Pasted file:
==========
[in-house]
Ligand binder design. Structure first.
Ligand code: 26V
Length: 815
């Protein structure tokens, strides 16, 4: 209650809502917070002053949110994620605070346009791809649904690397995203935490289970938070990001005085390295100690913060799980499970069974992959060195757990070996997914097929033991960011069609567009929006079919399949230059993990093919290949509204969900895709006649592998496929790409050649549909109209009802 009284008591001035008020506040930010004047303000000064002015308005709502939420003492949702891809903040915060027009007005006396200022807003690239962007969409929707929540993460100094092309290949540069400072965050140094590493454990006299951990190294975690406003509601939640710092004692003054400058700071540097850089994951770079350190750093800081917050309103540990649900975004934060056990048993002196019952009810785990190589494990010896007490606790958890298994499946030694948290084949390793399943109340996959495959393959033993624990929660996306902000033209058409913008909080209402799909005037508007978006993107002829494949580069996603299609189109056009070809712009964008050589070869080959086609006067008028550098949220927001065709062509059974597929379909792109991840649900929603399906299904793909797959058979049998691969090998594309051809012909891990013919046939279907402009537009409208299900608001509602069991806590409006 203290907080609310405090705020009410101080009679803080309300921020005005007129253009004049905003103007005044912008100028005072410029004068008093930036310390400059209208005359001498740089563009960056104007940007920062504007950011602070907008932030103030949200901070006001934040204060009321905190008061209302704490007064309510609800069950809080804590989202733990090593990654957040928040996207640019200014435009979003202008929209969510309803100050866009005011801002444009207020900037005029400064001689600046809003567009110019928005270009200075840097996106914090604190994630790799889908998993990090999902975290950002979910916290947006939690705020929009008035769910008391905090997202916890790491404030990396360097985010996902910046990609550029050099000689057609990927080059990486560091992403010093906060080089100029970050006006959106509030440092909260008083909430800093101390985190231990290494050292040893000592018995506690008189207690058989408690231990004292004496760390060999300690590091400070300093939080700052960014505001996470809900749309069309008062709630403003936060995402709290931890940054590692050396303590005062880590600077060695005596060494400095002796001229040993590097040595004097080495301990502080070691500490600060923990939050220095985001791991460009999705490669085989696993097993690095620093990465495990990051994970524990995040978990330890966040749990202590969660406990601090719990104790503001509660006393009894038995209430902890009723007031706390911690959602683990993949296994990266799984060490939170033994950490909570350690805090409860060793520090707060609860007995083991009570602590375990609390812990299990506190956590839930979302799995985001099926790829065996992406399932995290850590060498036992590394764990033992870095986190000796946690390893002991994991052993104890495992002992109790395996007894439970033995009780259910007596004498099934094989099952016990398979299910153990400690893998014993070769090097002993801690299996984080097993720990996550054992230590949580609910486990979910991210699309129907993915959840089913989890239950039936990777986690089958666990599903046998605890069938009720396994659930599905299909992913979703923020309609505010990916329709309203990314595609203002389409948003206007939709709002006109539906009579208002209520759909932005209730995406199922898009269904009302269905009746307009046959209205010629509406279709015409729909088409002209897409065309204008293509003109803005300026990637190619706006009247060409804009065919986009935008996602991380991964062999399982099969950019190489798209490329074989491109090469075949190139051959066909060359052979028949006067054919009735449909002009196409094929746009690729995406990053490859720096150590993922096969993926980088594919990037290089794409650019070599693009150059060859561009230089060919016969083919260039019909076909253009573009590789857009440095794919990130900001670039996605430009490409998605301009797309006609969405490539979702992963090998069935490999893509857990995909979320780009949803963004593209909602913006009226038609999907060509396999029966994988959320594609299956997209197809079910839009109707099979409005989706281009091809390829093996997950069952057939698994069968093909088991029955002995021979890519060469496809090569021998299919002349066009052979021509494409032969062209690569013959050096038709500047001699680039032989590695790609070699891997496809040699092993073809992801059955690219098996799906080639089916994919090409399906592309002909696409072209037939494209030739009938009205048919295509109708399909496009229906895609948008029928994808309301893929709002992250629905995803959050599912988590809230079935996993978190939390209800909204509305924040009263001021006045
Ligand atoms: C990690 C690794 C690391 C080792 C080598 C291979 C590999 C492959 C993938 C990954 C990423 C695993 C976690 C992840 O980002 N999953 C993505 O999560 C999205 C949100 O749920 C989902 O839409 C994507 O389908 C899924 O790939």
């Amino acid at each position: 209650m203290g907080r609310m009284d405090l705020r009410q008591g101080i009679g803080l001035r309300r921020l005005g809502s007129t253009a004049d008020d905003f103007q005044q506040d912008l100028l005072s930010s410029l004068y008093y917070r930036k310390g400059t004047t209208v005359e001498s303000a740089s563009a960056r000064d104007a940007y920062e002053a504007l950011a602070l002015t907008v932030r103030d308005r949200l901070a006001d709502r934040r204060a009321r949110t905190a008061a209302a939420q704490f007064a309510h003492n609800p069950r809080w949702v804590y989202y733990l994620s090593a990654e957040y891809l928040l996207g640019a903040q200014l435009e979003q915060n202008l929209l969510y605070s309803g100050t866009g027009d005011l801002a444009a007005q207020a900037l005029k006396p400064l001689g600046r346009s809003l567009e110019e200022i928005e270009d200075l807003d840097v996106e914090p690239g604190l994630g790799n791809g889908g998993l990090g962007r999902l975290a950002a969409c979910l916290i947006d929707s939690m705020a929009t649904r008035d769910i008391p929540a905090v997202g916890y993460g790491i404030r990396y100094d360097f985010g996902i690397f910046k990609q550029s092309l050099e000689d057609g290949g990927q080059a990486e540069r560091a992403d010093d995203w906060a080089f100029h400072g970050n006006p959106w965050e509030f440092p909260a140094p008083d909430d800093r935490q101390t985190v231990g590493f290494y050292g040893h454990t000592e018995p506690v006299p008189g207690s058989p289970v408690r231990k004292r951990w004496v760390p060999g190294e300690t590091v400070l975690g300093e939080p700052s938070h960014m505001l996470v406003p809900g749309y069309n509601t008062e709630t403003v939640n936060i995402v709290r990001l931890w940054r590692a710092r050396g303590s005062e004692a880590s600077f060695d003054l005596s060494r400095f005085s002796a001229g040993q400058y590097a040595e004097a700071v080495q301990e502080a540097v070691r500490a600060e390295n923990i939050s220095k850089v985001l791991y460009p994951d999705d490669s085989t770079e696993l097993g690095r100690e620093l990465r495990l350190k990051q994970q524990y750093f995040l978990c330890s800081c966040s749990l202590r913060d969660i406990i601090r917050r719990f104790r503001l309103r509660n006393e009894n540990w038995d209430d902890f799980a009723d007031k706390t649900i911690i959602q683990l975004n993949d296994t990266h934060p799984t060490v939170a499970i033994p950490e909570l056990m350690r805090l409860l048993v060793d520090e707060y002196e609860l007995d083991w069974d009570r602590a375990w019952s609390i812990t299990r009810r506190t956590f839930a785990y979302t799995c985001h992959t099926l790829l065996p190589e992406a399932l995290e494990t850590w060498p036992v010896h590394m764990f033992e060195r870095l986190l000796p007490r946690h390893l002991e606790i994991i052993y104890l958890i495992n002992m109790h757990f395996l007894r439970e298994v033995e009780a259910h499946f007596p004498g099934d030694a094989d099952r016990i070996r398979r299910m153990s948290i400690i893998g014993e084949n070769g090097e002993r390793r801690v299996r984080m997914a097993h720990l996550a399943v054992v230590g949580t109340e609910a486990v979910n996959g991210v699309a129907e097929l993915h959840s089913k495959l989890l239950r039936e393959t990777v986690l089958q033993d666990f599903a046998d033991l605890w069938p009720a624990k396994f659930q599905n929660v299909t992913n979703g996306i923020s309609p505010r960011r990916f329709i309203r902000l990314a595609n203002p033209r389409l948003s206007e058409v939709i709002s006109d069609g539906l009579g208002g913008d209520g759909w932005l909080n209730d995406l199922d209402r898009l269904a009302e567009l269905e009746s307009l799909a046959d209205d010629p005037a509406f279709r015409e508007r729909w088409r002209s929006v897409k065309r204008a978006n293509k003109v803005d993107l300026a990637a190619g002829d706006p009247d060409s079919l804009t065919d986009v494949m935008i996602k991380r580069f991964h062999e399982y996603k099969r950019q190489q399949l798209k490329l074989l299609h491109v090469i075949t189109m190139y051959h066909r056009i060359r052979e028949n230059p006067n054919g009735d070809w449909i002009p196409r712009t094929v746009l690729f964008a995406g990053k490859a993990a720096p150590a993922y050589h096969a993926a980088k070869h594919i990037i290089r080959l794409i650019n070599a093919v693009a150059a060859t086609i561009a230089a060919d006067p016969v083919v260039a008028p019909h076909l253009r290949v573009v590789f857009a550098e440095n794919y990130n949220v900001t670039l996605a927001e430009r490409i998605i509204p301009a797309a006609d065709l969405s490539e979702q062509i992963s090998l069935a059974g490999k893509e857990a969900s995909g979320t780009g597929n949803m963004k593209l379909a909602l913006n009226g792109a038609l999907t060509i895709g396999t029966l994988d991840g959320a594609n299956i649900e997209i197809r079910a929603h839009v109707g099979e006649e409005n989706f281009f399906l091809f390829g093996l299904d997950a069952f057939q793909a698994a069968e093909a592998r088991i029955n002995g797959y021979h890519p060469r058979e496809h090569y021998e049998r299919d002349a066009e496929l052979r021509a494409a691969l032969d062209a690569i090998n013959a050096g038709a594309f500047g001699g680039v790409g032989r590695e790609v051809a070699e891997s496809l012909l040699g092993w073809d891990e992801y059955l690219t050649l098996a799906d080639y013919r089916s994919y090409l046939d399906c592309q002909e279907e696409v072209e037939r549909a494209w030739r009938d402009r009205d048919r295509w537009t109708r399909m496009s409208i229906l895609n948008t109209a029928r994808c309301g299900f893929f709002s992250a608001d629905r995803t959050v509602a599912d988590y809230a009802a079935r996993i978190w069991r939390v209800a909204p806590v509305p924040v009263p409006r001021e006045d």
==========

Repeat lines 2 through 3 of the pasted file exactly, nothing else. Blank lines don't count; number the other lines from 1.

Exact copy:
Ligand binder design. Structure first.
Ligand code: 26V